|US8401263||7 Jan 2011||19 Mar 2013||Intrexon Corporation||Method and apparatus for selectively targeting specific cells within a cell population|
|US8426209||28 Jun 2010||23 Apr 2013||Celula, Inc.||Methods and apparatus for sorting cells using an optical switch in a microfluidic channel network|
|US8467040||22 Aug 2011||18 Jun 2013||Microbix Biosystems, Inc.||Method and apparatus for sorting cells|
|US8486618||18 Jul 2011||16 Jul 2013||Xy, Llc||Heterogeneous inseminate system|
|US8497063||24 Aug 2010||30 Jul 2013||Xy, Llc||Sex selected equine embryo production system|
|US8652769||9 Aug 2010||18 Feb 2014||Xy, Llc||Methods for separating frozen-thawed spermatozoa into X-chromosome bearing and Y-chromosome bearing populations|
|US8664006||1 Mar 2013||4 Mar 2014||Inguran, Llc||Flow cytometer apparatus and method|
|US8665439||30 Jun 2009||4 Mar 2014||Microbix Biosystems, Inc.||Method and apparatus for limiting effects of refraction in cytometry|
|US8709817||7 Feb 2013||29 Apr 2014||Inguran, Llc||Systems and methods for sorting particles|
|US8709825||1 Mar 2013||29 Apr 2014||Inguran, Llc||Flow cytometer method and apparatus|
|US8715955||8 Sep 2005||6 May 2014||Life Technologies Corporation||Laser microdissection apparatus and method|
|US8722357||26 Sep 2005||13 May 2014||Life Technologies Corporation||Automated microdissection instrument|
|US8748183||7 Feb 2013||10 Jun 2014||Inguran, Llc||Method and apparatus for calibrating a flow cytometer|
|US8788213||12 Jan 2010||22 Jul 2014||Intrexon Corporation||Laser mediated sectioning and transfer of cell colonies|
|US9040304||12 Mar 2014||26 May 2015||Inguran, Llc||Multi-channel system and methods for sorting particles|
|US9365822||11 Feb 2013||14 Jun 2016||Xy, Llc||System and method for sorting cells|
|US9377390||10 Apr 2015||28 Jun 2016||Inguran, Llc||Apparatus, methods and processes for sorting particles and for providing sex-sorted animal sperm|
|US9422523||11 Feb 2013||23 Aug 2016||Xy, Llc||System and method for sorting cells|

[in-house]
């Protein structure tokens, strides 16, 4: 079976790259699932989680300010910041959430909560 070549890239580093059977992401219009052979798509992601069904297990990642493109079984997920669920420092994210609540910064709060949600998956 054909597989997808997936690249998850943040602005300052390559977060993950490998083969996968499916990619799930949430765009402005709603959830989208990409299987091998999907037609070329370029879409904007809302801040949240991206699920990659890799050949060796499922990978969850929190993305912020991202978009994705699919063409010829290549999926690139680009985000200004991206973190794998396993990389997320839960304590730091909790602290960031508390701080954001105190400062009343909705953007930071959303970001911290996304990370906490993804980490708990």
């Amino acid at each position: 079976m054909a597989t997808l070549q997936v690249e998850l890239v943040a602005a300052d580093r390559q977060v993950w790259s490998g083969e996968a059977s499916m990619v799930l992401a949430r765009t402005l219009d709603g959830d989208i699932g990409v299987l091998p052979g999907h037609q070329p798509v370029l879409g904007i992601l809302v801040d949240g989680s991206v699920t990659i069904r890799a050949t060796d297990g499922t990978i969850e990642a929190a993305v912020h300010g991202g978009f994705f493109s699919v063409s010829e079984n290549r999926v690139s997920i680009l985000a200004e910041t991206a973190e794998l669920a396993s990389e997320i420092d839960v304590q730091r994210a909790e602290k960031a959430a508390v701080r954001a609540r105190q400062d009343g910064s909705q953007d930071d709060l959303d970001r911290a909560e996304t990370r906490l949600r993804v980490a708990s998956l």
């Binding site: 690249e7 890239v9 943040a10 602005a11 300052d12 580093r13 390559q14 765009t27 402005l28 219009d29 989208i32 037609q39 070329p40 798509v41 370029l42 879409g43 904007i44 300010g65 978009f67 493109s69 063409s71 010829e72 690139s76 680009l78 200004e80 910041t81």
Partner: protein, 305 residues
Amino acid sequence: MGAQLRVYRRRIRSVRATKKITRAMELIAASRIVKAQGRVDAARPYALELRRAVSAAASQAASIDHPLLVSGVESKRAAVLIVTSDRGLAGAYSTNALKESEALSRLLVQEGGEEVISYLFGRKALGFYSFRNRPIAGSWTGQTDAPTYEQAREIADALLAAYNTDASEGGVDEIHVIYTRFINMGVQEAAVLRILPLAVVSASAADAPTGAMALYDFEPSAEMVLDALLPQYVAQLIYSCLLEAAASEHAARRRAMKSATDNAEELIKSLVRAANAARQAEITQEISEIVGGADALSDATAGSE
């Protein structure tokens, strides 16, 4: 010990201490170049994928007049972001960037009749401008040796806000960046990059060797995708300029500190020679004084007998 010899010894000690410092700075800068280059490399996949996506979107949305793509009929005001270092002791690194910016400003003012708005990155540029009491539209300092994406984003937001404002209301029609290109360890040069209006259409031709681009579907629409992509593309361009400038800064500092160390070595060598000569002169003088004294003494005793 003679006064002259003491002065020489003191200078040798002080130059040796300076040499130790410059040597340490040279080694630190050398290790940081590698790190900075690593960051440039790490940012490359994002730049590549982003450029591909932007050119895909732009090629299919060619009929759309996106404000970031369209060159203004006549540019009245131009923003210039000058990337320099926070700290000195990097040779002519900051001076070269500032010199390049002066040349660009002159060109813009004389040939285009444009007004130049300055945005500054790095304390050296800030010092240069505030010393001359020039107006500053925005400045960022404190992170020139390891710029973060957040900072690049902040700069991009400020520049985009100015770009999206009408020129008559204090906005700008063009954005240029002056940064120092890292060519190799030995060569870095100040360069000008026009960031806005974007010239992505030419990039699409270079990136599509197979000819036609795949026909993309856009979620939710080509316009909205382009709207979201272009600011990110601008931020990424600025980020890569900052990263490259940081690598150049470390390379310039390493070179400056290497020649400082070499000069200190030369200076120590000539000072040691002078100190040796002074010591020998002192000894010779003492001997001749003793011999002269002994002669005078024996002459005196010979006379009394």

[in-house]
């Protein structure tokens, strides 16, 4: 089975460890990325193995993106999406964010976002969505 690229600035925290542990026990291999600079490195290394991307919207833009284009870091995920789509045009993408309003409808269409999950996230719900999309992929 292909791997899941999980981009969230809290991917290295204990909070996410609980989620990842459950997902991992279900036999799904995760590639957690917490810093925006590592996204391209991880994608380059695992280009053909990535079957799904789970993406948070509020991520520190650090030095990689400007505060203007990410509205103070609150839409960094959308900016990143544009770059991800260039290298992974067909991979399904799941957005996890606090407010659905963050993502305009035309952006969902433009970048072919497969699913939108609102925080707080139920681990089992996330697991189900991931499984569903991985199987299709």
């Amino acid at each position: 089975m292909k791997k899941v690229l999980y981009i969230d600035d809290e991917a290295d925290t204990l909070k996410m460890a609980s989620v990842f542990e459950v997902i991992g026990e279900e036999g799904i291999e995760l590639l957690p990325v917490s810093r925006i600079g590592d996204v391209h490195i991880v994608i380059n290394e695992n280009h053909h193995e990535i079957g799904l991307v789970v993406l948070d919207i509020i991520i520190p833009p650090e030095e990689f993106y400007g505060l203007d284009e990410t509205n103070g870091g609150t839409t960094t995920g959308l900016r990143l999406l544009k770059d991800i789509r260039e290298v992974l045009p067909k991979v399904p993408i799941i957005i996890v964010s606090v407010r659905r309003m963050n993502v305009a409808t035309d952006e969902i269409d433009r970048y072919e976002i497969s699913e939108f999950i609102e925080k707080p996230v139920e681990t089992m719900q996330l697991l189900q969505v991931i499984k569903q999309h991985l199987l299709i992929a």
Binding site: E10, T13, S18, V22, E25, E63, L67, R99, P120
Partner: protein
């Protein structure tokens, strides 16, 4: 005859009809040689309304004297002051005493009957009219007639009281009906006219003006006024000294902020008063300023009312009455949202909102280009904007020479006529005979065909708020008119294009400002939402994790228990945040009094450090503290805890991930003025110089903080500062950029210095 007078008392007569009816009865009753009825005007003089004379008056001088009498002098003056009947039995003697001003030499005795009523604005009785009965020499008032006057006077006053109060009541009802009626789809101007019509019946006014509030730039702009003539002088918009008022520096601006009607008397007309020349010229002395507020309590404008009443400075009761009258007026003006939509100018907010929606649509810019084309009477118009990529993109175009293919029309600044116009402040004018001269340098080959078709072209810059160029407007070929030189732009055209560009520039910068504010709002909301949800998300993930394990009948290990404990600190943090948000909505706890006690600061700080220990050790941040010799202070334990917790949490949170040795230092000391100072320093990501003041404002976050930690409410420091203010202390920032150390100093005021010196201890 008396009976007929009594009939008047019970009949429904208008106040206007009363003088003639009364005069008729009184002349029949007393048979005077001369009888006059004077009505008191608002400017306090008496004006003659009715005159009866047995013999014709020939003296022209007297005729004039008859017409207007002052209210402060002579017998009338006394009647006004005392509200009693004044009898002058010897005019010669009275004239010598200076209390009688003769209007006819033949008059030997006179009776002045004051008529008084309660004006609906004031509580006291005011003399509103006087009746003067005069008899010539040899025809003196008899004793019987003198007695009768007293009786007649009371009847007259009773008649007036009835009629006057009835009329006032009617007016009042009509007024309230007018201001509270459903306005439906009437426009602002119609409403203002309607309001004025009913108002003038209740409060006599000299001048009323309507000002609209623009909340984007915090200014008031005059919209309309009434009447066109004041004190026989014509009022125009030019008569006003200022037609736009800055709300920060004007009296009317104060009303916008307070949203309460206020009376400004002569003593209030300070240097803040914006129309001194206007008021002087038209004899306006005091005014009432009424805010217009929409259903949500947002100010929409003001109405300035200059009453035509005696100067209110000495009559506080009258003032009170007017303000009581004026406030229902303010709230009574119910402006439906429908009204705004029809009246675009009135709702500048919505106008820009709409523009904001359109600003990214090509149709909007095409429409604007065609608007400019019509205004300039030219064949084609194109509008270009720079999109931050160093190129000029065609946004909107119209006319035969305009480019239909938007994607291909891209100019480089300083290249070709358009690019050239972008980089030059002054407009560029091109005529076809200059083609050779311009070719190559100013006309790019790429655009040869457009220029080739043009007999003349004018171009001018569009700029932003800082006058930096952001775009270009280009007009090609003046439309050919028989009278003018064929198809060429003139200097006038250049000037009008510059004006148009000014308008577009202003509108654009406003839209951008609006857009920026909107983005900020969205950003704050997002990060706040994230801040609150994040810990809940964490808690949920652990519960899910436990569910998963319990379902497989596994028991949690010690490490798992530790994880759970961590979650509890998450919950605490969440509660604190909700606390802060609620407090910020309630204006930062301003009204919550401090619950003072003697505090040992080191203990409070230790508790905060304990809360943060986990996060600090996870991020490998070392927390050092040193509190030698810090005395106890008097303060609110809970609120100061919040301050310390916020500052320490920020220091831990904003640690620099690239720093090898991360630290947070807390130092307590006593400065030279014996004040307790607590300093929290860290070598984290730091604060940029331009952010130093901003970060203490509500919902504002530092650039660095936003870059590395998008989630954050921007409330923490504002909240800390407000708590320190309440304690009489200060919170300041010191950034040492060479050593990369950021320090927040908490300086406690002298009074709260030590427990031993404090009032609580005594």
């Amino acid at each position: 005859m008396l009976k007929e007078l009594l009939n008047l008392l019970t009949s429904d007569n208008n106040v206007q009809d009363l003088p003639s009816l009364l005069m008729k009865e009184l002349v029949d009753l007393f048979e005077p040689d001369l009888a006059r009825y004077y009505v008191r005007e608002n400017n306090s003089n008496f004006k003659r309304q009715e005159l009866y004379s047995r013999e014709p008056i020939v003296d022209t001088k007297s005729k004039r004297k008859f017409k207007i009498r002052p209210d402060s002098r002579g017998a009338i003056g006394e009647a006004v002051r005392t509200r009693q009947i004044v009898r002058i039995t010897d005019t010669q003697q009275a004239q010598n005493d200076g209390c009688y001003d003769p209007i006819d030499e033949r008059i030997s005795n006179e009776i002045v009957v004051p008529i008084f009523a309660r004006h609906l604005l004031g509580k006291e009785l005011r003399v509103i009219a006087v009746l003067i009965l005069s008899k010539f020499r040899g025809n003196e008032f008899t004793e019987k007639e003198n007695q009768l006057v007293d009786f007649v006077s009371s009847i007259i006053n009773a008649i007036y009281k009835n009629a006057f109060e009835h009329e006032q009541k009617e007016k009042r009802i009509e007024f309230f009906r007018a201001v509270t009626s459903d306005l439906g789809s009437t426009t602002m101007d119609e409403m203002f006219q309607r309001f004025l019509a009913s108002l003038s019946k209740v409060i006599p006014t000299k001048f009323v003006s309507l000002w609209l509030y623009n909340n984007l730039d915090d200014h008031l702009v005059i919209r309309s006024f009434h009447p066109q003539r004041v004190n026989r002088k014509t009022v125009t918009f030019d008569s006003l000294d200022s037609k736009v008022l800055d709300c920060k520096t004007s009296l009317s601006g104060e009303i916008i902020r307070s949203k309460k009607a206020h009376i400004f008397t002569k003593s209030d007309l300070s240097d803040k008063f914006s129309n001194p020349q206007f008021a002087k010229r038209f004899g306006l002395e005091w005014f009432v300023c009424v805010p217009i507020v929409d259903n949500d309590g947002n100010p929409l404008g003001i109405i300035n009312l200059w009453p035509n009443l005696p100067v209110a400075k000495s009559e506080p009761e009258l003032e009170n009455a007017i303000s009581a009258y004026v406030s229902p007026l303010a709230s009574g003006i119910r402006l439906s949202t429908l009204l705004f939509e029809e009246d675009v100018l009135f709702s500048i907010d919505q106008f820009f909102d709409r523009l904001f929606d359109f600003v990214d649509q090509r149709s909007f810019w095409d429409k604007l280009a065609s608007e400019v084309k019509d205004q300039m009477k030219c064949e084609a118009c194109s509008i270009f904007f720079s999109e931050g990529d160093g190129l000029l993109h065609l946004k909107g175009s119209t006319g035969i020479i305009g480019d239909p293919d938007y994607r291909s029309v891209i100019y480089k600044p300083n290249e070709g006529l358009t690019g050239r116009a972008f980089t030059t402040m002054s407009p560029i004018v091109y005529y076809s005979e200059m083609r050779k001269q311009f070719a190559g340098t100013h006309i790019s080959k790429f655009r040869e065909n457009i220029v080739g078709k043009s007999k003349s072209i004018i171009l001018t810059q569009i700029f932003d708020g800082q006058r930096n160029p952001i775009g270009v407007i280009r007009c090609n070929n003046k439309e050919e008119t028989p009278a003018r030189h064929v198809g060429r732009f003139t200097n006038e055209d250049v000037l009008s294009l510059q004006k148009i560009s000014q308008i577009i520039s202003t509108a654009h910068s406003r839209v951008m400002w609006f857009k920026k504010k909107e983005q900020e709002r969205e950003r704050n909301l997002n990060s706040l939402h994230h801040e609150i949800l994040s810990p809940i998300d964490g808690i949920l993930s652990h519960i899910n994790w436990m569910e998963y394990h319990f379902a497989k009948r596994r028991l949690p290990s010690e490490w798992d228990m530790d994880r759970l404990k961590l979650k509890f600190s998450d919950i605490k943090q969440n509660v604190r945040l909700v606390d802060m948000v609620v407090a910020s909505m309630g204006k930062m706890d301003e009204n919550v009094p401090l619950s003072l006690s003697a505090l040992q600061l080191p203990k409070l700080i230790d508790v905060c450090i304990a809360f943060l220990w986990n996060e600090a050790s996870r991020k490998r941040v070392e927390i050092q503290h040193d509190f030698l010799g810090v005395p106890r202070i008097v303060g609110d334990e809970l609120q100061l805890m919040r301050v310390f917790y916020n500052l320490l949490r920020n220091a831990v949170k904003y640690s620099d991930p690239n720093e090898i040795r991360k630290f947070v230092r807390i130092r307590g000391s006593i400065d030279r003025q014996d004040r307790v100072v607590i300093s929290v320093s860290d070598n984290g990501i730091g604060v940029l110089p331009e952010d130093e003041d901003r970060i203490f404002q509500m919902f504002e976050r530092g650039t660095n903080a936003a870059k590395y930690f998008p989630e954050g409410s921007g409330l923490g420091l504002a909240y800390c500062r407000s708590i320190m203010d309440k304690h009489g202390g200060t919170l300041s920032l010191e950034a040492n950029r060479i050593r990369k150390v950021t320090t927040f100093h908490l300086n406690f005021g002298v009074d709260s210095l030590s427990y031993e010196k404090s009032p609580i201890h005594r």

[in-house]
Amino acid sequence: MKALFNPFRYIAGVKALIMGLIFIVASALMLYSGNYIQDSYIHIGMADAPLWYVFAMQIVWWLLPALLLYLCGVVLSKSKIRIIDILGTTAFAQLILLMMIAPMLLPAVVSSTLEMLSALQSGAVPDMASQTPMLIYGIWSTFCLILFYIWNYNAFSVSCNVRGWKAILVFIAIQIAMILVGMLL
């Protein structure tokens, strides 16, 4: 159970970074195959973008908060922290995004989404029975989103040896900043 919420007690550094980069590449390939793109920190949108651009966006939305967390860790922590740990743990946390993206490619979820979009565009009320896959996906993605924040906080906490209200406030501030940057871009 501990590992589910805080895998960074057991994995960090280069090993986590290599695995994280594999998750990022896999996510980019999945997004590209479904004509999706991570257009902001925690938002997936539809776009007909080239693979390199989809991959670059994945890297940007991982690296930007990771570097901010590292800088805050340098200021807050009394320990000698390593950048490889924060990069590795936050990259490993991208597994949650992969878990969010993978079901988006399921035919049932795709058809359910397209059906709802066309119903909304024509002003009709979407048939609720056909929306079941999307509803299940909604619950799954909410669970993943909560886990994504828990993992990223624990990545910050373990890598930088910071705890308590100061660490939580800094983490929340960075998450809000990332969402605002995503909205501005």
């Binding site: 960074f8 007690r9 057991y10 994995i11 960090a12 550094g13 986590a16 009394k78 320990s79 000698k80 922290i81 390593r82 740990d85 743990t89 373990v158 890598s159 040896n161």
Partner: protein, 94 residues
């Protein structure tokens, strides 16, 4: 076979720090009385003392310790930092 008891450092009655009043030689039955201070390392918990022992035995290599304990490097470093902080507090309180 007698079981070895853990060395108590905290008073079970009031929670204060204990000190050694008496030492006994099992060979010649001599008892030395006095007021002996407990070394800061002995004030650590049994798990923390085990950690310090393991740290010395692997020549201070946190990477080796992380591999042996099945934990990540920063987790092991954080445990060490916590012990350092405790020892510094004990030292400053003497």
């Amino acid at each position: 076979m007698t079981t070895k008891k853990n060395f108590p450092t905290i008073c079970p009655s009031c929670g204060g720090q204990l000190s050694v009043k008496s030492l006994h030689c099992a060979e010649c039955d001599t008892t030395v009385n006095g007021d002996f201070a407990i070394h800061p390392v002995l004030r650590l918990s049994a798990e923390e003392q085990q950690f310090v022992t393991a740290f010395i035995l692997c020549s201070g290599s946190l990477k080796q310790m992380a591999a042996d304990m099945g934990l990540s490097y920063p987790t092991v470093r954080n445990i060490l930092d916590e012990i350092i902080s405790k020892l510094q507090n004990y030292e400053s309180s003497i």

|US20030007894 *||27 Apr 2001||9 Jan 2003||Genoptix||Methods and apparatus for use of optical forces for identification, characterization and/or sorting of particles|
|US20030138923 *||9 Jan 2003||24 Jul 2003||Palsson Bernhard O.||Targeted system for removing tumor cells from cell populations|
|US20030148393 *||2 Aug 2001||7 Aug 2003||Woodbury Neal W.T.||Computer interfaced scanning fluorescence lifetime microscope applied to directed evolution methodologies and methods for light-mediated patterning in cell selection|
|US20030180902 *||18 Mar 2003||25 Sep 2003||Palsson Bernhard O.||Method and apparatus for selectively targeting specific cells within a mixed cell population|
|US20030219892 *||4 Feb 2003||27 Nov 2003||Palsson Bernhard O.||Method and apparatus for selectively targeting specific cells within a cell population|
|US20040002154 *||18 Apr 2003||1 Jan 2004||Palsson Bernhard O.||Methods for preparing libraries of unique tags and related screening methods|
|US20040027556 *||5 Aug 2003||12 Feb 2004||Baer Thomas M.||Laser capture microdissection translation stage joystick|
|US20040106206 *||25 Nov 2003||3 Jun 2004||Baer Thomas M.||Laser capture microdissection vacuum hold-down|
|US20040180437 *||30 Mar 2004||16 Sep 2004||Oncosis Llc||Optoinjection methods|
|US20050143791 *||22 Dec 2004||30 Jun 2005||Stuart Hameroff||Process of treating a cell|